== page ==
Pity me? No thanks

By | 2017-01-13T20:43:19+00:00 October 2nd, 2012|
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Pity. Four letters that can piss people off, maybe more than other common four letter words (if you’re on the receiving end that is). When you’re disabled, pity is as common as doing laundry, but I’ve still never gotten used to it.

Reason #1: I don’t like it: I am a girl who doesn’t mince words, so, to put it succinctly, pity pisses me off. I didn’t plan on being disabled growing up. I had a mind and body completely set forth on a having life that very much included a body that fully worked, and you know, listened to me when I wanted to move it, basic stuff.

But….since life is rarely ever what one plans it to be (it’s crazy I’m even typing this, even 18 years after the fact, that yes, I am a woman with a disability). I find myself living a reality that really isn’t what I planned it to be. A bit out of body? Yup. Everyone can relate to this though, even if you’re completely healthy and have never known someone with a disability.

Take this scenario: Have you ever spilled milk? You know the feeling when you’re watching it spill right before your eyes, and you’re unable to stop it, so you just accept that it’ll spill? That is my reality, everyday. So please, understand/relate, remember this and refrain.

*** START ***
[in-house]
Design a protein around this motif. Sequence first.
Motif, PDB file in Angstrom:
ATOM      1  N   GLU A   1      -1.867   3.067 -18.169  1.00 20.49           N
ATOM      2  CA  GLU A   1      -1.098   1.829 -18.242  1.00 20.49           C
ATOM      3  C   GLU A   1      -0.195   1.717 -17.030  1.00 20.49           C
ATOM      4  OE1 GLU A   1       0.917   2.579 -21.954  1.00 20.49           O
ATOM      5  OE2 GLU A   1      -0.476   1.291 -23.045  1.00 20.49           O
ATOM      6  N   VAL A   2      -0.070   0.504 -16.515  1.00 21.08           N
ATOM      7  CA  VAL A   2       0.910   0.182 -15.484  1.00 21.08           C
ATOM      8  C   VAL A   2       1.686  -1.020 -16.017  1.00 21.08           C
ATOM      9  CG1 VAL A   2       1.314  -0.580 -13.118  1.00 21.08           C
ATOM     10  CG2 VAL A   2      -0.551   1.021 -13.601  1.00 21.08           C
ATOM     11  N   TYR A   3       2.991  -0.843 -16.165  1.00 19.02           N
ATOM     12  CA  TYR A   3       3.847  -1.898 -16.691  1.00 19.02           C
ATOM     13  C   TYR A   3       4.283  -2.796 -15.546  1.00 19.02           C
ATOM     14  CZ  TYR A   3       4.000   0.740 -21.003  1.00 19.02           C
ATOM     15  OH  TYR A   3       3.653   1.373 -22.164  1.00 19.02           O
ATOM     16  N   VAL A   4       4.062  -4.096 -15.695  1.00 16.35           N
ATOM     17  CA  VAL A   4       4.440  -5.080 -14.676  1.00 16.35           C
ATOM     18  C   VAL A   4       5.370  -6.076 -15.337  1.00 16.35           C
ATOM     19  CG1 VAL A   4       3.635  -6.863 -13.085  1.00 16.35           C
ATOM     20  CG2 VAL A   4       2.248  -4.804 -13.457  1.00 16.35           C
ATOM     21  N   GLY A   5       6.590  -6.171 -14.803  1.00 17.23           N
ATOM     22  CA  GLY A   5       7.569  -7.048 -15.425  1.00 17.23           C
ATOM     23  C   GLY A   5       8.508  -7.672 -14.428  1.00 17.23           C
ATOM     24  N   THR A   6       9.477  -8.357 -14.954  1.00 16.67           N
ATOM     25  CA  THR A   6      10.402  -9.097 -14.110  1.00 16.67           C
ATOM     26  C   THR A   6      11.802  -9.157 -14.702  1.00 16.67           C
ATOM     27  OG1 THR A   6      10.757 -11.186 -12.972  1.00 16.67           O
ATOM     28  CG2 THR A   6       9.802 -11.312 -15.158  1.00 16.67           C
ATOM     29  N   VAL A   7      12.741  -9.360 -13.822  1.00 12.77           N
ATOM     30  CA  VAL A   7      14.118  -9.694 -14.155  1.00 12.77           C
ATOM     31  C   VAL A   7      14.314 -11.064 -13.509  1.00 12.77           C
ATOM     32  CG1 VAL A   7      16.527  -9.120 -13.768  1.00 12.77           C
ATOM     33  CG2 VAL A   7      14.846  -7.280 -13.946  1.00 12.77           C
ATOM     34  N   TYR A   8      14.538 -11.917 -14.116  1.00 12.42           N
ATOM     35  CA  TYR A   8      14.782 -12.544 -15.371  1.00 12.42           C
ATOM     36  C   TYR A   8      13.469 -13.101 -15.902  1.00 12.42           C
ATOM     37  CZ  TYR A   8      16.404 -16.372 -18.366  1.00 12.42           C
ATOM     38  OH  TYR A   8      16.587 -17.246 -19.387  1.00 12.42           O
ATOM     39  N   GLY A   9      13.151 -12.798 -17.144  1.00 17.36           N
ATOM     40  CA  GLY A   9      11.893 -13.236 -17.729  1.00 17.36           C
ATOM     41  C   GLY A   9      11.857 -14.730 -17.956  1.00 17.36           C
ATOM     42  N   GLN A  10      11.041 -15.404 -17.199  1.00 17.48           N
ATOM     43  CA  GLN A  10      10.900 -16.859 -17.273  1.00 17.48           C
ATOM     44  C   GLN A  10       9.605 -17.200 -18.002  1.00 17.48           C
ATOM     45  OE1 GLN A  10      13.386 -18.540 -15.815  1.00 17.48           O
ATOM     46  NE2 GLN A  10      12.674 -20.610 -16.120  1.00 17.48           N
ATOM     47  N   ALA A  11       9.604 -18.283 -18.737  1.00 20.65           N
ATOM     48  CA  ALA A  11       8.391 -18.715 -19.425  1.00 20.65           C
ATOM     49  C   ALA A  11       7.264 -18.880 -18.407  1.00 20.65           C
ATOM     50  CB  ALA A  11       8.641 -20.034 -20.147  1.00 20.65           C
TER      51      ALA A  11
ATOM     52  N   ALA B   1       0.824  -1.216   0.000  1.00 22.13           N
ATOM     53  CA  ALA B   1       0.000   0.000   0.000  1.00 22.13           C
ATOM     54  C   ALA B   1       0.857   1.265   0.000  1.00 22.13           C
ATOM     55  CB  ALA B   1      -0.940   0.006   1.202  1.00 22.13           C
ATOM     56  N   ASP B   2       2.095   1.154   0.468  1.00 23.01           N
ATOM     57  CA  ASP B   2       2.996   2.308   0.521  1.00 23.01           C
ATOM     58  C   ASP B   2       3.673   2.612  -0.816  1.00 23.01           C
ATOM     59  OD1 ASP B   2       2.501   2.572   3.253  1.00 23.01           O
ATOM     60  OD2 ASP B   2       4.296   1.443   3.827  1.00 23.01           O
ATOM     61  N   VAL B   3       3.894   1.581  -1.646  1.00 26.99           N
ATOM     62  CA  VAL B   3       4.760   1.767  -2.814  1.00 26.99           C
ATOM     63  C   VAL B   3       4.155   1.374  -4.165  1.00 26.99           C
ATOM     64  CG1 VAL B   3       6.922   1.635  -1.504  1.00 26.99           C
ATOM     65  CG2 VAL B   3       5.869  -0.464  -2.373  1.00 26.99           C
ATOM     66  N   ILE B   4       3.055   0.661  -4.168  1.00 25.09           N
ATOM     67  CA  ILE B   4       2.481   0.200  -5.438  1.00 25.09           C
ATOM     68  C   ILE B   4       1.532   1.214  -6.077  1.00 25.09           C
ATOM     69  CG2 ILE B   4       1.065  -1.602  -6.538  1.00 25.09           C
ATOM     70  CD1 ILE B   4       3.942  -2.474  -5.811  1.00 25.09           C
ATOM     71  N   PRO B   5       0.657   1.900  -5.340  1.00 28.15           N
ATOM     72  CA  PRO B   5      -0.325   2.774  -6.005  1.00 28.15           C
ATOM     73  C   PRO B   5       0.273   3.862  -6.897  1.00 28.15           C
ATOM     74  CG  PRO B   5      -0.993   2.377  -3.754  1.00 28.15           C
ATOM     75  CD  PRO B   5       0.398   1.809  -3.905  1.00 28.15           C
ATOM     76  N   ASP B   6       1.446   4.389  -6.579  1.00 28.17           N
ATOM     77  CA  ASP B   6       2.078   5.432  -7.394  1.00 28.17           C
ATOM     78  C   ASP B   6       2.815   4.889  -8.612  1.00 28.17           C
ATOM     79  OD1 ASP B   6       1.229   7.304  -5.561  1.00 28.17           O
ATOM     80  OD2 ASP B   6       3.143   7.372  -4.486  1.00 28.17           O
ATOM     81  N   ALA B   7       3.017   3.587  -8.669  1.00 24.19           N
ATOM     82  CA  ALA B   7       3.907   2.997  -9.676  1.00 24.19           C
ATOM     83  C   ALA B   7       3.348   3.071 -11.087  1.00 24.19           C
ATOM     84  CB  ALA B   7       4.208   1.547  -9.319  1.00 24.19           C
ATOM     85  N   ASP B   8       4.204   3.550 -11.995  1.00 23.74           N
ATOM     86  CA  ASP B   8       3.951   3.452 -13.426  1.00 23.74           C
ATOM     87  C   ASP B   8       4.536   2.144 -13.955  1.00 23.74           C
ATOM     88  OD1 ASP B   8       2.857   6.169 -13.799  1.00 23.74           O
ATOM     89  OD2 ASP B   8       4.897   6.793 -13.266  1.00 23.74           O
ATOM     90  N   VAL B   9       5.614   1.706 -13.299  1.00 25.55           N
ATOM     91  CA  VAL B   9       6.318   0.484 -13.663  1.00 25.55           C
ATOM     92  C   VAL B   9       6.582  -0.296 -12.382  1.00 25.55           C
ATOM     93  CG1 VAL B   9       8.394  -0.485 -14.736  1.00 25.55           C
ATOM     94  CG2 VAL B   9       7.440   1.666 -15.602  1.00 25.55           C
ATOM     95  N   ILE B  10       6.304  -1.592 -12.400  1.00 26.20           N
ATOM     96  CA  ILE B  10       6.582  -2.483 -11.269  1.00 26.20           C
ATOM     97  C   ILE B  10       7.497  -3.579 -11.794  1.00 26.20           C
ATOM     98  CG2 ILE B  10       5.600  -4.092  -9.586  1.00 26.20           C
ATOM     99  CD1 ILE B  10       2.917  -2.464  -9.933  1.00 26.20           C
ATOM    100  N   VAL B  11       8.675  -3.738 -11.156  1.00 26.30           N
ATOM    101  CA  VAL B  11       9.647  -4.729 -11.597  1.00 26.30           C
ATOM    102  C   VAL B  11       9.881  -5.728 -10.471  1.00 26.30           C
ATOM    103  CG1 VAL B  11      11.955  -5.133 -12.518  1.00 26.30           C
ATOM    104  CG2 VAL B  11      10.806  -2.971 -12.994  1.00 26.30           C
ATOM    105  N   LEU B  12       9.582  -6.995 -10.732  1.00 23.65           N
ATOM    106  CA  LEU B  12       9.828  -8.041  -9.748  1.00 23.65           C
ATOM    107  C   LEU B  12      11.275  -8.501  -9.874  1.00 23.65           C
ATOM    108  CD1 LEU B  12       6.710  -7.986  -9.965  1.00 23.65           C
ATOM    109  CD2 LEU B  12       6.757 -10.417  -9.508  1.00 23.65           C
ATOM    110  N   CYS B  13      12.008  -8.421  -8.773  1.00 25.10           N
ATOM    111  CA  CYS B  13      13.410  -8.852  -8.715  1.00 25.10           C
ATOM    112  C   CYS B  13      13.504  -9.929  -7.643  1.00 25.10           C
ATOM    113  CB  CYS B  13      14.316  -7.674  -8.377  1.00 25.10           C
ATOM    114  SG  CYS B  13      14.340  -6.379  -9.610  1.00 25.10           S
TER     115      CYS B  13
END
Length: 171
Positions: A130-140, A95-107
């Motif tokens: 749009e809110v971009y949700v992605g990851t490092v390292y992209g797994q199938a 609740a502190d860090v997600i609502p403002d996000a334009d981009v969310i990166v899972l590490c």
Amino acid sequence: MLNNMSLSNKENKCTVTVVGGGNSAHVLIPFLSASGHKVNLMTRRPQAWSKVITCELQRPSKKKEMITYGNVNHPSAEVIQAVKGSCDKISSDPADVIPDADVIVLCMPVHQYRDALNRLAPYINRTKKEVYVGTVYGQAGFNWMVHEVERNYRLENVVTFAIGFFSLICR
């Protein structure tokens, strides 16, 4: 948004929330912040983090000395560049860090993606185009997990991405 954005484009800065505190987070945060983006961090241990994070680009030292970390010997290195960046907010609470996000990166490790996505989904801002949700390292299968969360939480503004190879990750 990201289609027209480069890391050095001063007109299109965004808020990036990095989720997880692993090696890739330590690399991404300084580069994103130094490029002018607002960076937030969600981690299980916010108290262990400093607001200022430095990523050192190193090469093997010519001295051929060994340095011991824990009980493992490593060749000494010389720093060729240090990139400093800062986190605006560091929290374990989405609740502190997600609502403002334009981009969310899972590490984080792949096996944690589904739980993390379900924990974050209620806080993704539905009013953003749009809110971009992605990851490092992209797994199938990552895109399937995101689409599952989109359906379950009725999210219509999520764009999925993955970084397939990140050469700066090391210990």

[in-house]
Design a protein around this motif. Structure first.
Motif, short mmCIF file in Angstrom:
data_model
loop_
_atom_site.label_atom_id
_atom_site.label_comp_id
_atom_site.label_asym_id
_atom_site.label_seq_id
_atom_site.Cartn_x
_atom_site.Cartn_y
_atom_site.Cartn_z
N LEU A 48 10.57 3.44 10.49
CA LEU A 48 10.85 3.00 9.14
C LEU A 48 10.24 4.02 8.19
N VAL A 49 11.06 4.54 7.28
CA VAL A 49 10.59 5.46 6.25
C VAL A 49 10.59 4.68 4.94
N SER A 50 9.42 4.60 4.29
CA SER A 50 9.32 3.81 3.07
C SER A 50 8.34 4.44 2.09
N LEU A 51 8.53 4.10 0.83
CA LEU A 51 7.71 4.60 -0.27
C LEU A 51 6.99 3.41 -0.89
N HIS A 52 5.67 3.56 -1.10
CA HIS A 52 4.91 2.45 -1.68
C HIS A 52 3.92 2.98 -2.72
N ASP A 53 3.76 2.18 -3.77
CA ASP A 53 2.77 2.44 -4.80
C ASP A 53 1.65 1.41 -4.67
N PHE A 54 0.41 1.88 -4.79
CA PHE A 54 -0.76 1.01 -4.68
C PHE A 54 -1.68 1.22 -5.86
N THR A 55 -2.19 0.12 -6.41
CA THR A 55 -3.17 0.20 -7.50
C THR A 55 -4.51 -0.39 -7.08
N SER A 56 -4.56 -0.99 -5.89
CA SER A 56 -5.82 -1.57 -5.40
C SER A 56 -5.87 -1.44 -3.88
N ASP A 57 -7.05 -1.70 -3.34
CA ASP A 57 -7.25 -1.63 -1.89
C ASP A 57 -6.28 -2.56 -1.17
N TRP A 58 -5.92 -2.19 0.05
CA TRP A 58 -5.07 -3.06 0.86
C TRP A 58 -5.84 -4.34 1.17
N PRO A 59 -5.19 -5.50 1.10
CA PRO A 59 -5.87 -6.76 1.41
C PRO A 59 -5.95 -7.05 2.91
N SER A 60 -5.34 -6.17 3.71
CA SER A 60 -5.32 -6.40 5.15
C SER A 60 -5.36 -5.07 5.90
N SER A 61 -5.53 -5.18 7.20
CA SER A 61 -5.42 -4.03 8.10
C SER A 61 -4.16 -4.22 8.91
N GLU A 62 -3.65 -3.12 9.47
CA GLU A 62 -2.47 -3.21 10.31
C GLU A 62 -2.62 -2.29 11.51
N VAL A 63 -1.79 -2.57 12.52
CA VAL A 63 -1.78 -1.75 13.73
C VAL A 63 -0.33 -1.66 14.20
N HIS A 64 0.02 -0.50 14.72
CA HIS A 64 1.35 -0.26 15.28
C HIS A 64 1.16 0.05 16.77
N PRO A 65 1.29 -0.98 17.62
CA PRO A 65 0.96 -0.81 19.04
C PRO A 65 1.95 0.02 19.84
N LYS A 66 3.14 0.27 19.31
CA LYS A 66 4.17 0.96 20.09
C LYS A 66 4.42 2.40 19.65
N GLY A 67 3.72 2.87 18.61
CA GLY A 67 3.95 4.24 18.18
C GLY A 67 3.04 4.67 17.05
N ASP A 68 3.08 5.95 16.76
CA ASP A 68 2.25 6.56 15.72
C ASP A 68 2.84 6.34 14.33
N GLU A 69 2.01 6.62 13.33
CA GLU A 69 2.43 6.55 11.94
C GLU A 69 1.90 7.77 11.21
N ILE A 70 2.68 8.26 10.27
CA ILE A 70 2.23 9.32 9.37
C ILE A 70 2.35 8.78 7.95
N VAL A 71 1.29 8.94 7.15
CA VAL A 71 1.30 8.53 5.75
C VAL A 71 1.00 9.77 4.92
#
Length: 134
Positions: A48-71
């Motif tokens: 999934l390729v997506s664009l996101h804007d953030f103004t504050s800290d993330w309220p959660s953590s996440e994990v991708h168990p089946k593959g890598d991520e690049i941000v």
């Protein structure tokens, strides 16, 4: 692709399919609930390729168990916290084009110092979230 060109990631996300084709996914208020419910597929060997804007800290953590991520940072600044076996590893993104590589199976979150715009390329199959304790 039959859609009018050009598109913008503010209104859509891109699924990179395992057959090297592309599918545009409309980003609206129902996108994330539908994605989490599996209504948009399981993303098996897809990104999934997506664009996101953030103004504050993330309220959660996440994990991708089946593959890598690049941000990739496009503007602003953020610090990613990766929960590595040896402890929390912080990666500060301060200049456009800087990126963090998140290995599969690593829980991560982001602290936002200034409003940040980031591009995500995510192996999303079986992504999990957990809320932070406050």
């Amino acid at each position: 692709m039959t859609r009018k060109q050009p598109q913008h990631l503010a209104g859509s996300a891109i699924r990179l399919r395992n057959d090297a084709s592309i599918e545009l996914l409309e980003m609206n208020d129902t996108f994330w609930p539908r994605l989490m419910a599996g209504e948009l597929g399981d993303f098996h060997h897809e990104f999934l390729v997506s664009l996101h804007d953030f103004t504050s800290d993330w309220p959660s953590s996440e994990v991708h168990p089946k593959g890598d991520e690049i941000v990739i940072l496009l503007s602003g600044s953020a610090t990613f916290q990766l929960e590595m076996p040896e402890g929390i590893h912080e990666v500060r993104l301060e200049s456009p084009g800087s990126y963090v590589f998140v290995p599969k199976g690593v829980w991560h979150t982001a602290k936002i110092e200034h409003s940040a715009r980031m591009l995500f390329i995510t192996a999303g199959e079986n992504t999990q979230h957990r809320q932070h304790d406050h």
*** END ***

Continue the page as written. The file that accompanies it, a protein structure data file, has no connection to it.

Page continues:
Pity is rudeness, like spitting in public, staring at people with eye patches, not minding your please and thank you‘s. I know that people are human and that our collective gut reaction IS to feel pity when we see a disabled person, but try to teach yourself not to feel it from here on out, mmkay? It is a conditioning process though, so get ready for a bit of work. But change if you care (I hope you do).

Reason #2. Would you like it?: While I think it’s understandable for people to feel pity when they see someone in a situation not as powerful, or strong, as theirs (or assume it to be the case at least), it’s always prudent to put yourself in the other person’s shoe’s whenever you have an inclination to feel pity that you just can‘t shake.

Imagine if you’re a veteran with a missing limb at the mall shopping with his/her daughter. Would you want someone to gawk at you with an obvious look of pity? Believe me when I say, it can and will, ruin someone’s day. I can be in a great mood, shopping at the store, doing my own thing, and then be completely sat aback after having someone throw a wave of pity my way (usually it’s a overwhelming sad look from across the aisle, but sometimes it’ll include a condescending remark that intended to be nice, like “Good for you.”).

Waa? Wait? Oh that’s right. Thanks for reminding me I’m disabled, and less than. Now back to shopping.

In the words of brilliantmindbrokenbody, one of my favorite disabled bloggers, pity dehumanizes us. It makes us an object, we became a sad story, something you tell your friends about. Yes, give a damn, but pity makes us a disability. Always remember that when you feel pity towards someone, it never ever helps the situation, ever (and please turn off those telethons around your children each September; bad conditioning there too).

How do you get past pity? Do you let it get to you?

Cure Pity: Awesome organization pledging to stop pity towards kids w/ disabilities